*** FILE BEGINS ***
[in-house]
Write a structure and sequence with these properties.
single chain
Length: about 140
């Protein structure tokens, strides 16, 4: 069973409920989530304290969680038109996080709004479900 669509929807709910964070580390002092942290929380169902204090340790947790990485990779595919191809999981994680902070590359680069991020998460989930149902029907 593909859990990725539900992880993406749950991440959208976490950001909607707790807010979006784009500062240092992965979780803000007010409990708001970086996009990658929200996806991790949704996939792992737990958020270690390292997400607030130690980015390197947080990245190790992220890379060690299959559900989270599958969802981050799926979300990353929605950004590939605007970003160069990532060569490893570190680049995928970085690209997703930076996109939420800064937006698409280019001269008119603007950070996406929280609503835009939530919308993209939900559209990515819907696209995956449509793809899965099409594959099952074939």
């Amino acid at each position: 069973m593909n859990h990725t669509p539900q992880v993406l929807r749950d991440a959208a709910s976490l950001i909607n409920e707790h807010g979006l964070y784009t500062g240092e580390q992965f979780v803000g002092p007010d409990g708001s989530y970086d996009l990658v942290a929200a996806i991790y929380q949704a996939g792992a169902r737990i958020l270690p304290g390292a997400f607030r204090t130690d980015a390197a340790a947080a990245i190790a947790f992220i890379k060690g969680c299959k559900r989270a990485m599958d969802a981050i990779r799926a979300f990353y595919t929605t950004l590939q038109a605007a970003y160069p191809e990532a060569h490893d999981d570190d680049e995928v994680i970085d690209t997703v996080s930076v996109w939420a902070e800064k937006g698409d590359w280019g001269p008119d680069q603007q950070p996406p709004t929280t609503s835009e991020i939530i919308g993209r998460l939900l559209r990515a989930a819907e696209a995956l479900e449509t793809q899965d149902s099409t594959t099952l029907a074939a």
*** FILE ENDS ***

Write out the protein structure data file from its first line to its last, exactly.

[in-house]
Write a structure and sequence with these properties.
single chain
Length: about 140
């Protein structure tokens, strides 16, 4: 069973409920989530304290969680038109996080709004479900 669509929807709910964070580390002092942290929380169902204090340790947790990485990779595919191809999981994680902070590359680069991020998460989930149902029907 593909859990990725539900992880993406749950991440959208976490950001909607707790807010979006784009500062240092992965979780803000007010409990708001970086996009990658929200996806991790949704996939792992737990958020270690390292997400607030130690980015390197947080990245190790992220890379060690299959559900989270599958969802981050799926979300990353929605950004590939605007970003160069990532060569490893570190680049995928970085690209997703930076996109939420800064937006698409280019001269008119603007950070996406929280609503835009939530919308993209939900559209990515819907696209995956449509793809899965099409594959099952074939």
């Amino acid at each position: 069973m593909n859990h990725t669509p539900q992880v993406l929807r749950d991440a959208a709910s976490l950001i909607n409920e707790h807010g979006l964070y784009t500062g240092e580390q992965f979780v803000g002092p007010d409990g708001s989530y970086d996009l990658v942290a929200a996806i991790y929380q949704a996939g792992a169902r737990i958020l270690p304290g390292a997400f607030r204090t130690d980015a390197a340790a947080a990245i190790a947790f992220i890379k060690g969680c299959k559900r989270a990485m599958d969802a981050i990779r799926a979300f990353y595919t929605t950004l590939q038109a605007a970003y160069p191809e990532a060569h490893d999981d570190d680049e995928v994680i970085d690209t997703v996080s930076v996109w939420a902070e800064k937006g698409d590359w280019g001269p008119d680069q603007q950070p996406p709004t929280t609503s835009e991020i939530i919308g993209r998460l939900l559209r990515a989930a819907e696209a995956l479900e449509t793809q899965d149902s099409t594959t099952l029907a074939a």